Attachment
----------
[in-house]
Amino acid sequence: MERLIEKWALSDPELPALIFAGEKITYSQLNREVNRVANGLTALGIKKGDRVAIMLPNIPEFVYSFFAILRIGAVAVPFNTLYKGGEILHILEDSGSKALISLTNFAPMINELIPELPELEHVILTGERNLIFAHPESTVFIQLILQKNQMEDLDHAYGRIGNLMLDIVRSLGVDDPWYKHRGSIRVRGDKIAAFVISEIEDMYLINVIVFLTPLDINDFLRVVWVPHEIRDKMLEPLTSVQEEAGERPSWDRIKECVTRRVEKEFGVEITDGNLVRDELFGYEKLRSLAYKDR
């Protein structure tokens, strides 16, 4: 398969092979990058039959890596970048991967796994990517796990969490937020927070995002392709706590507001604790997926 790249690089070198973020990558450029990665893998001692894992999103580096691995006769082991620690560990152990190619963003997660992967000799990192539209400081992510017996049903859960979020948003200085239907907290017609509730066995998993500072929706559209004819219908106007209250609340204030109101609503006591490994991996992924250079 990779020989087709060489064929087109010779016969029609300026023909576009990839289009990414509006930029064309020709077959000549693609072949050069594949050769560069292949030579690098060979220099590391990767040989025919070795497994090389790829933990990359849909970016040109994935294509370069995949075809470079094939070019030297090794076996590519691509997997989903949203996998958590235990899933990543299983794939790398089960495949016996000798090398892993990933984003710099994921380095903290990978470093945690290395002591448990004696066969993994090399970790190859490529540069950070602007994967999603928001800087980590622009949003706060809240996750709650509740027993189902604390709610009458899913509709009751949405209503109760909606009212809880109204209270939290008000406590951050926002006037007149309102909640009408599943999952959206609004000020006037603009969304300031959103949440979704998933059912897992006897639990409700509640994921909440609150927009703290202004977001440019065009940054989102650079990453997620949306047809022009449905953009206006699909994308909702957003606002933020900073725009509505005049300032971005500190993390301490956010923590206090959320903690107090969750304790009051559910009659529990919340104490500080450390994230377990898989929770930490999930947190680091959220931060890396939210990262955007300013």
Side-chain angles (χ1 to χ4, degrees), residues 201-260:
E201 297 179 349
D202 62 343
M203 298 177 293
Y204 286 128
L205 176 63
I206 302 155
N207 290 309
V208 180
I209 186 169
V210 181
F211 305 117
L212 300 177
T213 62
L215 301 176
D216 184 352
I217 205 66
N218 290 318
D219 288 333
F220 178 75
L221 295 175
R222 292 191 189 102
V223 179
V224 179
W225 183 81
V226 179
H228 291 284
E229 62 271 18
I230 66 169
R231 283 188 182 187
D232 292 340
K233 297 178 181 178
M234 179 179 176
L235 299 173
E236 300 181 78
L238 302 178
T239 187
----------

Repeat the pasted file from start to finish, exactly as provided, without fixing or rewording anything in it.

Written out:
[in-house]
Amino acid sequence: MERLIEKWALSDPELPALIFAGEKITYSQLNREVNRVANGLTALGIKKGDRVAIMLPNIPEFVYSFFAILRIGAVAVPFNTLYKGGEILHILEDSGSKALISLTNFAPMINELIPELPELEHVILTGERNLIFAHPESTVFIQLILQKNQMEDLDHAYGRIGNLMLDIVRSLGVDDPWYKHRGSIRVRGDKIAAFVISEIEDMYLINVIVFLTPLDINDFLRVVWVPHEIRDKMLEPLTSVQEEAGERPSWDRIKECVTRRVEKEFGVEITDGNLVRDELFGYEKLRSLAYKDR
């Protein structure tokens, strides 16, 4: 398969092979990058039959890596970048991967796994990517796990969490937020927070995002392709706590507001604790997926 790249690089070198973020990558450029990665893998001692894992999103580096691995006769082991620690560990152990190619963003997660992967000799990192539209400081992510017996049903859960979020948003200085239907907290017609509730066995998993500072929706559209004819219908106007209250609340204030109101609503006591490994991996992924250079 990779020989087709060489064929087109010779016969029609300026023909576009990839289009990414509006930029064309020709077959000549693609072949050069594949050769560069292949030579690098060979220099590391990767040989025919070795497994090389790829933990990359849909970016040109994935294509370069995949075809470079094939070019030297090794076996590519691509997997989903949203996998958590235990899933990543299983794939790398089960495949016996000798090398892993990933984003710099994921380095903290990978470093945690290395002591448990004696066969993994090399970790190859490529540069950070602007994967999603928001800087980590622009949003706060809240996750709650509740027993189902604390709610009458899913509709009751949405209503109760909606009212809880109204209270939290008000406590951050926002006037007149309102909640009408599943999952959206609004000020006037603009969304300031959103949440979704998933059912897992006897639990409700509640994921909440609150927009703290202004977001440019065009940054989102650079990453997620949306047809022009449905953009206006699909994308909702957003606002933020900073725009509505005049300032971005500190993390301490956010923590206090959320903690107090969750304790009051559910009659529990919340104490500080450390994230377990898989929770930490999930947190680091959220931060890396939210990262955007300013």
Side-chain angles (χ1 to χ4, degrees), residues 201-260:
E201 297 179 349
D202 62 343
M203 298 177 293
Y204 286 128
L205 176 63
I206 302 155
N207 290 309
V208 180
I209 186 169
V210 181
F211 305 117
L212 300 177
T213 62
L215 301 176
D216 184 352
I217 205 66
N218 290 318
D219 288 333
F220 178 75
L221 295 175
R222 292 191 189 102
V223 179
V224 179
W225 183 81
V226 179
H228 291 284
E229 62 271 18
I230 66 169
R231 283 188 182 187
D232 292 340
K233 297 178 181 178
M234 179 179 176
L235 299 173
E236 300 181 78
L238 302 178
T239 187